Monday, January 16, 2017

Pilot Review: Sneaky Pete

Sneaky Pete (Amazon)
Premiered January 12

I never seem to be able to catch Amazon’s pilot season when it launches, with the exception of two times over the past few years. This show actually debuted with its first installment way back in October 2015, and now it finally premiered as a series of ten episodes this past Thursday. I knew nothing about this show going into it other than the fact that it starred Giovanni Ribisi, who I first remember as Phoebe’s socially awkward brother Frank on “Friends” twenty years ago. The last show that I saw about a man getting out of prison and taking someone else’s identity was the fantastically dark “Banshee,” and this is a very, very different show. Fortunately, it’s just as intriguing, and I agree with the Amazon pilot audience that voted to turn this into a full-fledged series. Ribisi definitely has what it takes to carry a show like this, and he also does a great job emulating Ethan Embry, who plays the real extremely talkative Pete whose life he takes after hearing countless details and stories about his childhood and his family. The best pairing this show could possibly have produced is casting Marin Ireland opposite Ribisi’s Marius as Julia, who is more than capable of anchoring her own scenes and not giving in to what her newfound relative wants to do in every case. Joining someone else’s family business to act as a bail bondsman should be very interesting, especially as he tries to find a way to save his brother from getting his fingers sliced off one at a time by Bryan Cranston’s big bad guy. This pilot was very strong, and I’m excited to see what comes next.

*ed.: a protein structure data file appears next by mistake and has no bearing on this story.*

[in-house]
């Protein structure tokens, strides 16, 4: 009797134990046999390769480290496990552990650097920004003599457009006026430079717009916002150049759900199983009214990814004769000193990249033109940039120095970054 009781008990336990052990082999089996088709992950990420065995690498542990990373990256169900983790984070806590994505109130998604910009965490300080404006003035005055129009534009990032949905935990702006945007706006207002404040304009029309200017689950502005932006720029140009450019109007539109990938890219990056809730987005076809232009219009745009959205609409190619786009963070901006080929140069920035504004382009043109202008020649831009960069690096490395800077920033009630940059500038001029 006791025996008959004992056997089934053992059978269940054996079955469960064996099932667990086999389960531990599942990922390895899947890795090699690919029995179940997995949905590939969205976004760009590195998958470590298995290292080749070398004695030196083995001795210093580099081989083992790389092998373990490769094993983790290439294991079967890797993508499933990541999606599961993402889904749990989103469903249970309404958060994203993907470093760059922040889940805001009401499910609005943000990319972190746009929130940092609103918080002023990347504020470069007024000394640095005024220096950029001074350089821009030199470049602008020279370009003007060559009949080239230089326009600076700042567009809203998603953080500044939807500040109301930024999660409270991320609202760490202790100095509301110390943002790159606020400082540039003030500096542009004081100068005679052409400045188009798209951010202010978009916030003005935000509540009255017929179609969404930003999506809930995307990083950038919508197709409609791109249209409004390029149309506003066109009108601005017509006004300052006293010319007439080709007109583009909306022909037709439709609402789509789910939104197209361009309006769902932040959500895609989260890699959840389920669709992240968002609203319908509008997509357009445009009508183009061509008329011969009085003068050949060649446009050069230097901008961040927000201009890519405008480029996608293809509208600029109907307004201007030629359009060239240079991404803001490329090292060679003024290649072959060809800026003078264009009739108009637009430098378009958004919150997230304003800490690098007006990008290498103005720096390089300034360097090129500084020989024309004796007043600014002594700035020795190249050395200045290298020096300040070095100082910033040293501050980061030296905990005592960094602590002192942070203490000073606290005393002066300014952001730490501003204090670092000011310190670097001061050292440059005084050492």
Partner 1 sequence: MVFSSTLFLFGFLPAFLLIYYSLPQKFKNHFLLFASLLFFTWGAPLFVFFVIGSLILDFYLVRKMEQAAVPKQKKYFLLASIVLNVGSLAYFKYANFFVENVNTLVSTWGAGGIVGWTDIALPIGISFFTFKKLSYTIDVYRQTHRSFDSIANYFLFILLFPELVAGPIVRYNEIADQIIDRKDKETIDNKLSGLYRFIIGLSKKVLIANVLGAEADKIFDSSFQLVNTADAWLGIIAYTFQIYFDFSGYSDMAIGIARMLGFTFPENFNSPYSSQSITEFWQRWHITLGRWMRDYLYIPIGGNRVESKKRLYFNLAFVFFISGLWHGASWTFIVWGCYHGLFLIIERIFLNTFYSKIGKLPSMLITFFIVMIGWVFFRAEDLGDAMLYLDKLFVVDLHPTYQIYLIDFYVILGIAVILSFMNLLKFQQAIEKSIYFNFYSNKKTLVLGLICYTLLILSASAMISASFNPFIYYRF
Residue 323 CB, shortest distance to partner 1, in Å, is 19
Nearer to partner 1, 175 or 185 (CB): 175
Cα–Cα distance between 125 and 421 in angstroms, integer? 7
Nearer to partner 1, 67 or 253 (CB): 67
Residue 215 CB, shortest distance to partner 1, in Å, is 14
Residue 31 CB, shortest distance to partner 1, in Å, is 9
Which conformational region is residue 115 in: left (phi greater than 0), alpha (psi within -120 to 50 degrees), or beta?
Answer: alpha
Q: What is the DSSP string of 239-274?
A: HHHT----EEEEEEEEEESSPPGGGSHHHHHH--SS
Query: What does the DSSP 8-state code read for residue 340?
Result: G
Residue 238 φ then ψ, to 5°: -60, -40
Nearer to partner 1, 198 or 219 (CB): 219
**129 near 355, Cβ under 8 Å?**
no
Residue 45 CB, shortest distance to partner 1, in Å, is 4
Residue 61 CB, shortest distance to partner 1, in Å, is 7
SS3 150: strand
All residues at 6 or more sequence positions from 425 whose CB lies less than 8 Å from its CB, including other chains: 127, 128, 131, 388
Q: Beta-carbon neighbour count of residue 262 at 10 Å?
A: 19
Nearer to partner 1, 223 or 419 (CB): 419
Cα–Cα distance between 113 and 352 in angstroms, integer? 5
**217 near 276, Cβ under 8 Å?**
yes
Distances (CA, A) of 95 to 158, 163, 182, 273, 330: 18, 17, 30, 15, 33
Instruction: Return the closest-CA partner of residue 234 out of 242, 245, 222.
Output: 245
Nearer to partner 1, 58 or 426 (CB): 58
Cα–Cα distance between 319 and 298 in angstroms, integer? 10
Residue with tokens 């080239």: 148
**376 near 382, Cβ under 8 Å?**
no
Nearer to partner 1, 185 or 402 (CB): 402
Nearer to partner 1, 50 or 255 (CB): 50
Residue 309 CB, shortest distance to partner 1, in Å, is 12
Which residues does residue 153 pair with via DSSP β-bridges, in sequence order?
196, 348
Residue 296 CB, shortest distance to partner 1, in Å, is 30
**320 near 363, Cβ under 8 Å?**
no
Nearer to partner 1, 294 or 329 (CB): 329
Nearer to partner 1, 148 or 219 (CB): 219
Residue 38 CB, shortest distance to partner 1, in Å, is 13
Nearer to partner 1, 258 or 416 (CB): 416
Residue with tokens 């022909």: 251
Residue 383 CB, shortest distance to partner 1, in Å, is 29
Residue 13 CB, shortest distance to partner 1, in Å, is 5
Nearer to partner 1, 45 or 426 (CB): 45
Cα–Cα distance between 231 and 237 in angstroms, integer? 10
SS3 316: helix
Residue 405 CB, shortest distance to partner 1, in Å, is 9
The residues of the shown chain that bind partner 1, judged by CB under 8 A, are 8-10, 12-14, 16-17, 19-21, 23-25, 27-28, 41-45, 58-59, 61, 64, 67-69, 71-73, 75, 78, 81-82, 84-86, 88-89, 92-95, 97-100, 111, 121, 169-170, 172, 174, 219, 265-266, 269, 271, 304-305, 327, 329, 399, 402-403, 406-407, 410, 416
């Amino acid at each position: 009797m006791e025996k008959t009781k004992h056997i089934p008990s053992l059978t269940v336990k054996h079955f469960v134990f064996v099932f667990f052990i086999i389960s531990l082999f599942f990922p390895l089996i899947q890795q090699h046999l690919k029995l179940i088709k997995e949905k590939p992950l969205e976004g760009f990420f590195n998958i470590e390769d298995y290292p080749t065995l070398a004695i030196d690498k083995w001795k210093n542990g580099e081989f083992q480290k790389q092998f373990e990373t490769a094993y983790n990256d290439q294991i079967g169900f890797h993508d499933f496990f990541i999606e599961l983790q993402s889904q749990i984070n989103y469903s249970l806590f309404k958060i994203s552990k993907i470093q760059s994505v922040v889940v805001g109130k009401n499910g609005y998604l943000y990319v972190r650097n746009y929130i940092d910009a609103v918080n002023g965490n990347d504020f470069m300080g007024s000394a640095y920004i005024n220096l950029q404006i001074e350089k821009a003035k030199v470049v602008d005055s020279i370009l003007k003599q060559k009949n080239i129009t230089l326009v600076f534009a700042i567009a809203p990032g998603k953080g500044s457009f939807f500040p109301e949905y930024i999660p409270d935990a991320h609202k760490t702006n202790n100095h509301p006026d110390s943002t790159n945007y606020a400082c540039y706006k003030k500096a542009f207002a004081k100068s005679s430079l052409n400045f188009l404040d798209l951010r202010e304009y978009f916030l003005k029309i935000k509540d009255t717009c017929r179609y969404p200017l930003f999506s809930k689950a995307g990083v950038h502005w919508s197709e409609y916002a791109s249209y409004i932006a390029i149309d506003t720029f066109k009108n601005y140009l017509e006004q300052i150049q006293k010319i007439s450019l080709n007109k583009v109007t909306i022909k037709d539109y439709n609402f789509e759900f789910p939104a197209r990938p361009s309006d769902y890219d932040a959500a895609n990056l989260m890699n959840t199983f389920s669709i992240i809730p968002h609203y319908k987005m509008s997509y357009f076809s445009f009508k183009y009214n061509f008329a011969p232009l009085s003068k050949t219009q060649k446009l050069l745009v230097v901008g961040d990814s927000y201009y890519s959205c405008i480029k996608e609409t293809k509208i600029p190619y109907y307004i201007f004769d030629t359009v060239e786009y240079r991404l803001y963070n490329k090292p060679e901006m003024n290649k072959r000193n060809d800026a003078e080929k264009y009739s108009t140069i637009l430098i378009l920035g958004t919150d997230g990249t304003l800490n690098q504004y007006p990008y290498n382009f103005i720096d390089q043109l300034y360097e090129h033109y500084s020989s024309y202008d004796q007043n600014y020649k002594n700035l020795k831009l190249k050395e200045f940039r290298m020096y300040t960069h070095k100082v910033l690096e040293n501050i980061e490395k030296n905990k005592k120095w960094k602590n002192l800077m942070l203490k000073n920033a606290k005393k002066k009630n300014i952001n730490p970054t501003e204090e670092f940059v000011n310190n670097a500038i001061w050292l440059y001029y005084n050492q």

How will it work as a series? The first case that Marius and Julia tackled was definitely pretty awesome, and I like how they handled all aspects of it. That bodes well for any future assignments they’ll approach together, and as Marius’ past catches up with him, it’s sure to create much more enticing drama, especially since no one particularly likes him all that much right now and they don’t think that’s he lying about who he is yet.
How long will it last? Unlike Netflix, Amazon puts most of its original series online as pilots to be voted on by users before making a whole season of a show, so that already says something. The reviews have been very strong for the whole first season, so I expect that this one is going to be back for a second season and beyond.

Pilot grade: B+